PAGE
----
Between a rock and a hard place it is the Garda Commissioner who resigns…

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So whilst the government was having a big fat argument over whether the Minister for Justice should apologise (or not) for calling the behaviour of Garda whistleblowers disgusting, Martin Callanan has taken the matter into his own hands and resigned.

It’s been a long haul since independent TD Mick Wallace first raised the matter in the Dail. It took several interventions on the floor of the house from Micheal Martin before a response was forthcoming from the Taoiseach.

The buck then passed to the press and in particular the persistence of journalists like Mick Clifford of the Irish Examiner and who simply would not let go.

In latter days, confusion had broken out within government with the Taoiseach hoarse-whispering to his cabinet troops (Leo Varadkar and the whole Labour contingent) to ‘houl their wheist’ on the matter and he would sort it out in private.

Now they’ve all had it taken out of their hands and the opposition is baying for blood… Sinn Fein’s likely candidate in the upcoming West Dublin byelection Paul Donnelly wasted no time reminding his followers of the taoiseach’s recent backing for Callanan:

And Fianna Fail’s Justice spokesman Niall Collins has had this to say:

“There will be some in Government who will hope that Commissioner Callinan’s resignation draws a line under the crisis. They are wrong. The Commissioner’s resignation actually throws into even sharper relief the abject failure of Alan Shatter to be accountable for the way in which he deliberately undermined the credibility of the whistleblowers and misled the public about their activities.

“It is important to acknowledge that Martin Callinan has had a very distinguished career as a member of An Garda Síochána and the country owes him a debt of gratitude for a lifetime of service.

“The Minister’s continued refusal to acknowledge he was wrong and apologise to the whistleblowers dishonours that service and the service of loyal gardaí all across the country.”

It should be said that the regular voter fragmentation which the STV-PR system gives rise to means that this ‘every-man-for-himself’ motif has rarely been overridden in government without the use of overwhelming centripetal force by the executive.

As Mick Clifford noted last Saturday, it’s neither new nor particular to Fine Gael:

Now, however, he is faced with a really tough political decision. Leo Varadkar’s call for garda commissioner Martin Callinan to withdraw his “disgusting” remarks about the two garda whistleblowers has opened a can of worms. Here, at last, is one way in which the current government does differ from its predecessor.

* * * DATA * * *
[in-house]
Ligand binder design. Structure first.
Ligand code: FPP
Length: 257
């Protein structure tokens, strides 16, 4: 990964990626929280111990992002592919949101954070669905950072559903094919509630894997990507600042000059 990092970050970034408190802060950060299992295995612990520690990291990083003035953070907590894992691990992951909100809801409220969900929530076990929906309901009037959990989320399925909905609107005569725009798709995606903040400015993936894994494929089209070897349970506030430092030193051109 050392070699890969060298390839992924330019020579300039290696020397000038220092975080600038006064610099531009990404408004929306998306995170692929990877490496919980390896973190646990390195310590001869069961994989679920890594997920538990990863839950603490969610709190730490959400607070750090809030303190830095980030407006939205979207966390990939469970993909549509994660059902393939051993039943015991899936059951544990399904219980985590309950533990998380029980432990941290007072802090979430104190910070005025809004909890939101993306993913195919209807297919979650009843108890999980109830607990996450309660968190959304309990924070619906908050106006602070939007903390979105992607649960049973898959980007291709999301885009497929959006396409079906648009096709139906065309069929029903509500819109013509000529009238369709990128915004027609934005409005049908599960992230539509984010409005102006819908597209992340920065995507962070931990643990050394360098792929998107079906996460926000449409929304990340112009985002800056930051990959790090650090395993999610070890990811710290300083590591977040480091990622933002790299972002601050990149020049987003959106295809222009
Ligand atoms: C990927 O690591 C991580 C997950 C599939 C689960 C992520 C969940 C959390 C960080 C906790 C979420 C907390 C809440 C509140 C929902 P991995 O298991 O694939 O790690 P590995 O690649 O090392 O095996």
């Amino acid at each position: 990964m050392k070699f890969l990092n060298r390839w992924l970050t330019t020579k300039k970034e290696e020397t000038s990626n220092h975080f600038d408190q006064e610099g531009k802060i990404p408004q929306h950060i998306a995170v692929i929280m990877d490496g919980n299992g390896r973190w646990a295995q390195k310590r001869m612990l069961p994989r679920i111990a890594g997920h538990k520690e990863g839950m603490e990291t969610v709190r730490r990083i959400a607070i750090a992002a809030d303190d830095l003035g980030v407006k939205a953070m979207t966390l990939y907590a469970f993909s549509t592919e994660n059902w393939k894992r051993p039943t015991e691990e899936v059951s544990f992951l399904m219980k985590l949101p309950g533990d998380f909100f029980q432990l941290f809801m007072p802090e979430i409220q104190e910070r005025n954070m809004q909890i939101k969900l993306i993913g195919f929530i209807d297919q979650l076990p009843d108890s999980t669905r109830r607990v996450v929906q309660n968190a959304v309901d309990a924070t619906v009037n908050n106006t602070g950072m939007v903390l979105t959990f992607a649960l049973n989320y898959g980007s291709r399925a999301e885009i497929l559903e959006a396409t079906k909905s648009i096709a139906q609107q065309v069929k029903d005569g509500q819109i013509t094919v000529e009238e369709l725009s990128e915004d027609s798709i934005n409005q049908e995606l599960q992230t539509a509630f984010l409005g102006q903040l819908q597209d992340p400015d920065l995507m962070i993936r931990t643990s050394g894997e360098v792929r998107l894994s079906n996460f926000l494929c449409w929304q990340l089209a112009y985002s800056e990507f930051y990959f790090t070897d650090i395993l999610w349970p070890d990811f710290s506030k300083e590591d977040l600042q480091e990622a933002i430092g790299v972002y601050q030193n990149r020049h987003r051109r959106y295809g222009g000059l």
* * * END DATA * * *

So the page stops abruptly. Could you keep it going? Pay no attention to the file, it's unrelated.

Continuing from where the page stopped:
No Fianna Fáil minister in the last government would have broken ranks in this manner. Quite the opposite. The former TD, Jim Glennon, has spoken publicly about how, at the height of Ahern’s tribunal woes, Glennon raised the issue in a parliamentary party meeting, saying that the whole country was talking about it.

Glennon said that his observation was met with silence.

Until last Thursday, most within the Government were similarly willing to lodge their heads in the sand over the now discredited positions of both Commissioner Callinan and Alan Shatter, in relation to the whistleblowers.

Both men had been hostile to Sergeant Maurice McCabe and retired garda John Wilson. Both men attempted to blacken the whistleblowers’ characters in Oireachtas hearings; Callinan at the Public Accounts Committee, and Shatter in the Dail, when he said the whistleblowers had failed to co-operate with the garda inquiry into the penalty points affair.

Neither the commissioner nor the minister had offered any protection to two gardaí whose actions Varadkar has hailed as “distinguished”.

Now that the truth has been laid bare, Shatter and Callinan are between rock and hard place.

Now at least we know which of them cracked first…

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  • cynic2

    Political interference in prosecutions in Ireland is a long tradition Wasn’t it Haughey who secured a Pardon for his Election Agent for licensing offences then banished to the depths of Connaught Garda who dared enforce the law. Besides some the crimes absolved spreeding is small beer

    I think that the Commission at least leaves with some dignity. What about all the Politicians who should to cover up? What about the Justice Minister? And all those TDs who undoubtedly contacted the local Superintendents to plead the cases of those caught speeding ? Will they now be exposed and go?

    Dail Eireann might soon look a tad threadbare

    Still, citizens of Ireland can take comfort. In the North we have had something similar done for cases like murder

  • cynic2

    http://www.bbc.co.uk/news/uk-northern-ireland-26737264

    Fascinating …just what / who was bugged and why

  • sherdy

    Niall Collins says it is important to recognise that Martin Callinan has had a very distinguished career. Because he wasn’t caught on or exposed until now?